The megachat continues! At the behest of many, I’m carving it into the Internet’s unforgetting crystalline walls – one hefty chunk at a time – because mere ears could not withstand its relentless auditory onslaught. Last time, I gathered Obsidian’s Chris Avellone, Dreamfall’s Ragnar Tornquist, Vlambeer’s Rami Ismail, Introversion’s Chris Delay, and Redshirt’s Mitu Khandaker to discuss what exactly makes each of them “indie” despite their exceedingly different backgrounds, so you should probably read that and stuff. Done? Then you may now proceed onward to a spirited debate about the increasing uselessness of the term “indie,” Steam Greenlight’s many shortcomings, and the role of Kickstarter for smaller devs vs juggernauts like Obsidian. It’s all after the break.
RPS: OK, so triple-A isn’t about people. It doesn’t trust its talent enough, and Hollywood’s maybe a little better about that (though honestly not much). Where does that leave us?
That could be the YouTube of games, platforms allowing self-publishing and making it easy and accessible.
Ismail: It’s interesting. I’ve been reading a lot about the movie industry lately, because I’ve been trying to find the same parallels. I’m not really worried about what’s happening right now, but as the indies professionalize, and triple-A has to make even safer bets… There’s this weird space where indie used to be that’s empty now. It’s what’s happening there that I’m really interested in.
Tornquist: New stuff is coming up all the time to fill that space, though.
Ismail: There is stuff filling that gap. But what’s really interesting to me is that I don’t know where they’re going. Three years ago, if you started an indie studio, you knew where you were going, because you were headed for Steam and you were headed for Xbox Live Arcade.
Delay: Well, now they can just go to Steam and then the Humble Bundle. [laughter]
Ismail: Those systems are starting to get… Not saturated, but they’re starting to get filled by indies that have some sort of [clout].
Delay: Maybe. But I walk around Rezzed and there’s so… There’s the surgeon simulator.
Ismail: But that was a huge thing anyway.
Delay: But there’s so much variety. The variety is better than ever.
Avellone: What you just brought up about the industry, the interesting things I’ve seen… They have a traditional model, like the summer blockbuster. There’s a certain vehicle you need for certain actors to make that film. But then I see the indie scene for movies and media suddenly coming out through YouTube and web series, where they’re like, “As long as I have a certain amount of budget, I can make simulated versions of movies or series. Maybe not on the same grand scope as these studios can do, but I can make interesting content.” Like The Guild.
Tornquist: These changes have basically happened through production tools and distribution methods. That’s where it comes from.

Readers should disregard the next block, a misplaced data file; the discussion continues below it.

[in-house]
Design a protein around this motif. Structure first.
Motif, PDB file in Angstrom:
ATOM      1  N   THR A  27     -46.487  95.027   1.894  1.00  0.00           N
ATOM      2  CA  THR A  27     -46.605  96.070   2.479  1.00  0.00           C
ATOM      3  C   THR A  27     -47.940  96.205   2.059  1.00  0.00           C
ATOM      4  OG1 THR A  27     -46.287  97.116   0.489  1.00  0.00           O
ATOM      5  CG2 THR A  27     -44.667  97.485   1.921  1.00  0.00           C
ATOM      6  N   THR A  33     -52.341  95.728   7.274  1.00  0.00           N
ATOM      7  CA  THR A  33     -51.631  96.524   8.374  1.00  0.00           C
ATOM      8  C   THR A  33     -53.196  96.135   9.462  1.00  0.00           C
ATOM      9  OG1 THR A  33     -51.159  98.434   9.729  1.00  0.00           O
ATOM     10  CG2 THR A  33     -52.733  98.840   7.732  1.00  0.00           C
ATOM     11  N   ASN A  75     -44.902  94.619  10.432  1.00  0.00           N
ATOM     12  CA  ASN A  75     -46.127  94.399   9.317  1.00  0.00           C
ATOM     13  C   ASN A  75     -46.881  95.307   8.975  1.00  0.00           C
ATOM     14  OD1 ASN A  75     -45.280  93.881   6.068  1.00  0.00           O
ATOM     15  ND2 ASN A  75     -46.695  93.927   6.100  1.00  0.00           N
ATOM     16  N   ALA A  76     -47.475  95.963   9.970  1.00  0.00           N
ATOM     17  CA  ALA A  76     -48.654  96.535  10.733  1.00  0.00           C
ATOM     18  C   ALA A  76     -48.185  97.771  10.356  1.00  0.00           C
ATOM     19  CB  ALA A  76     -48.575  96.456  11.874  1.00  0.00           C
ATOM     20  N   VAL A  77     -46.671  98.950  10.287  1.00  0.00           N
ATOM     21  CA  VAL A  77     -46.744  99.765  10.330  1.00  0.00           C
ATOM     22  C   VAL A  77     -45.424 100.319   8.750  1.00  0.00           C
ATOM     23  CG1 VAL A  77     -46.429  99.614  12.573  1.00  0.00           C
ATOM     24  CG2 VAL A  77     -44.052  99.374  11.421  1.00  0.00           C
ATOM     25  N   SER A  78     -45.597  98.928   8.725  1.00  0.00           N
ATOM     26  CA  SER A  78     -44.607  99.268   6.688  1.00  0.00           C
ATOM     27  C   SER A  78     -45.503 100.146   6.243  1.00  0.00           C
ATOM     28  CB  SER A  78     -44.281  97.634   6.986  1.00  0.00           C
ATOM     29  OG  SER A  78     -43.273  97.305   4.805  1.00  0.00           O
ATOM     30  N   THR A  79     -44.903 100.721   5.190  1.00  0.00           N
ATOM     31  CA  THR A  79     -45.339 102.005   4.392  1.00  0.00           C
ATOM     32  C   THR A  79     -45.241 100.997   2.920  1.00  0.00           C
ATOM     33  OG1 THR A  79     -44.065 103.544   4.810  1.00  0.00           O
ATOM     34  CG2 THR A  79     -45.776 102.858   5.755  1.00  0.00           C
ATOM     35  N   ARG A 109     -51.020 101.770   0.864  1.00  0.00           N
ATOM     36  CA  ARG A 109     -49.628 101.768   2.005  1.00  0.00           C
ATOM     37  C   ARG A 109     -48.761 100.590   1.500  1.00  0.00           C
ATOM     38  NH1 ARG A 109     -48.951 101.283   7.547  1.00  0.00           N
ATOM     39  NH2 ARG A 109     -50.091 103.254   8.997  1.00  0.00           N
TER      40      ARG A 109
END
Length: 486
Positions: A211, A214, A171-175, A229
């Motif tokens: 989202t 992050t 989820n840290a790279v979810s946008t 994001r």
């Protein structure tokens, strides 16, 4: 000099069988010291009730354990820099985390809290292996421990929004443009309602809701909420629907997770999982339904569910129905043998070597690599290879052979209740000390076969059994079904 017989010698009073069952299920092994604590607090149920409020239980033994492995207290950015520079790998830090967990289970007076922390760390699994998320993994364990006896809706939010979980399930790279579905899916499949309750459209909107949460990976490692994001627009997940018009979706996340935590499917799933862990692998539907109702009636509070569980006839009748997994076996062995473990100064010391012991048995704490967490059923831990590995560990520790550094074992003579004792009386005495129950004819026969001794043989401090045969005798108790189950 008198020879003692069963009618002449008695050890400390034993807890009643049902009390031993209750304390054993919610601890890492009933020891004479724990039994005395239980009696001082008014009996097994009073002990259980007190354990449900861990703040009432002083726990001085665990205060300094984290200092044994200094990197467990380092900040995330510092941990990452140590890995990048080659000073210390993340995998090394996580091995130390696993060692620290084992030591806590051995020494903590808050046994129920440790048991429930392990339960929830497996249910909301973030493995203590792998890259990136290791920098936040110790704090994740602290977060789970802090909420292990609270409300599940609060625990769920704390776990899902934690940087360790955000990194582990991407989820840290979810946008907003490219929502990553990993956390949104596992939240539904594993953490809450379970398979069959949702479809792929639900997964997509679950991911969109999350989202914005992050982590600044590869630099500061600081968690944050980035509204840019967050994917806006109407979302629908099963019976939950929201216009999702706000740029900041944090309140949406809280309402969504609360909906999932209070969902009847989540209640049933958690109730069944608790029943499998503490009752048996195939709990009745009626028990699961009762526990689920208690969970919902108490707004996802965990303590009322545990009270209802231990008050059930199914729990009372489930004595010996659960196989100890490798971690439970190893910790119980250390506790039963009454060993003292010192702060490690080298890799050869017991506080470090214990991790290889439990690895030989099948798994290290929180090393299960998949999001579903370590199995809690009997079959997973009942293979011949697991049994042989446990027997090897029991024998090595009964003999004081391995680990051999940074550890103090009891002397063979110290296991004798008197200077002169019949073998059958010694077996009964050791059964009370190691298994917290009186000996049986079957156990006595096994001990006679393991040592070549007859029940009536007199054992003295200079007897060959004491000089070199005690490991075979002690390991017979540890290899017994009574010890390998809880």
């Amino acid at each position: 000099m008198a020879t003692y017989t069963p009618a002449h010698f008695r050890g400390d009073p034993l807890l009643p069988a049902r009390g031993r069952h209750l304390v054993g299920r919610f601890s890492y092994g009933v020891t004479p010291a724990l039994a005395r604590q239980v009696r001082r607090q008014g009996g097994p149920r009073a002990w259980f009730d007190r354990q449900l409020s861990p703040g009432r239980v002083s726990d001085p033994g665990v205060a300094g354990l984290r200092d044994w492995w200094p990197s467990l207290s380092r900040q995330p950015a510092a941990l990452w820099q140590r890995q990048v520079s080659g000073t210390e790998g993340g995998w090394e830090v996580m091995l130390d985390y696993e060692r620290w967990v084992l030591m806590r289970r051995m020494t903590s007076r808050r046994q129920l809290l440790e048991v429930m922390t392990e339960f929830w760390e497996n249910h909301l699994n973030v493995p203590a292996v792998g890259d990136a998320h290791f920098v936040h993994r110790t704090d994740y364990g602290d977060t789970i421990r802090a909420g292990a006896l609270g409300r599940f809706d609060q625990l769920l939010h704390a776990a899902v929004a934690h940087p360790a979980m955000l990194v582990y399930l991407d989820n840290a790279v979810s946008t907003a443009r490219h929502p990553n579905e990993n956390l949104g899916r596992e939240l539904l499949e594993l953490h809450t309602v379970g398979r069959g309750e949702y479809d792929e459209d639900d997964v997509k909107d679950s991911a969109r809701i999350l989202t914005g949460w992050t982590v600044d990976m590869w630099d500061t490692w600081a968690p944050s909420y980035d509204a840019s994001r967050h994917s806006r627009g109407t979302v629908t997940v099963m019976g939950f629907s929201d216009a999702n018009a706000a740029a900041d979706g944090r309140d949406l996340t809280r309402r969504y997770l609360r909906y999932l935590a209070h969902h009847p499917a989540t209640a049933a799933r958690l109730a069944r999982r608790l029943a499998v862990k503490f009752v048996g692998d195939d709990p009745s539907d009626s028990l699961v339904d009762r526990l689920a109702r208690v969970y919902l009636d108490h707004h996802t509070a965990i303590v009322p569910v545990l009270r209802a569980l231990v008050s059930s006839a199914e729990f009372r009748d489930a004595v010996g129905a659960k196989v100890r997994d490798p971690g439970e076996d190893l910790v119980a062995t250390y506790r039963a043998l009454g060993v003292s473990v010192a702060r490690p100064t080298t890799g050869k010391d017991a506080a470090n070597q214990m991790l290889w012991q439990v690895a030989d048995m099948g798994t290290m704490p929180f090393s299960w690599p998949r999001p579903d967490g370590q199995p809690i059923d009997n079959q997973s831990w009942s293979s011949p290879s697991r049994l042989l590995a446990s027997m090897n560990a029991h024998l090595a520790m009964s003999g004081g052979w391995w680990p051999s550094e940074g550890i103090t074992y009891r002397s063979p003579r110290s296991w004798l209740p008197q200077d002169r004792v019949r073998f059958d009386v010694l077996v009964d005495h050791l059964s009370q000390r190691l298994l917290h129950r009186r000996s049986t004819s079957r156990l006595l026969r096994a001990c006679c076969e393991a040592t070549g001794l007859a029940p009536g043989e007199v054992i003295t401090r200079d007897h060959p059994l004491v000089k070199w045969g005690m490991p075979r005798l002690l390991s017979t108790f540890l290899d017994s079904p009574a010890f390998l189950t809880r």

Avellone: I’m seeing YouTube be that vehicle for people who want to express themselves outside of traditional film. I think it’s actually really exciting – like, “Oh, thank God.”
Ismail: Well, I’d hope we’d have something like that for the indie game scene, soon enough.
Tornquist: I think that’s what it all boils down to. It evolves through the distribution methods and the way you finance it and all those things. That opens the market. The fact that you can now go out and buy 4K cameras for almost no money whatsoever and make movies that look as spectacular as the biggest blockbusters, that changes the movie industry. Things like Unity on the indie scene, you get a tool that actually lets you push quite far.
Khandaker: Yeah. A lot of people are applying Gamemaker and Unity.
Ismail: A lot of interesting things are happening with Twine as well. I’m really excited to see Twine being used to explore this area of video games that used to be explored pretty well, but now it’s being applied in way more interesting ways. Again, also, for political and social commentary. It’s such a good vehicle for something like that. There’s a lot of exciting things happening right now. I think it’s one of the most exciting times to be watching this space. I think it’s actually funny, because a lot of people seem to assume that there’s this sort of feud between triple-A and indie, and I don’t see that at all anymore. It’s disappearing. I like that people are starting to see that it’s just the gaming industry.
Tornquist: That’s what I mean. I think the lines have blurred continuously now, where it doesn’t even matter. It’s all game development. The teams vary in size from one person to 500. And that’s fine. It’s going to be a huge variety.
Ismail: What I care about, in the end, is that we have games in the entire spectrum – from the smallest little thing that somebody came up with in their bedroom, all way up to the big triple-A blockbuster, and everything in the middle.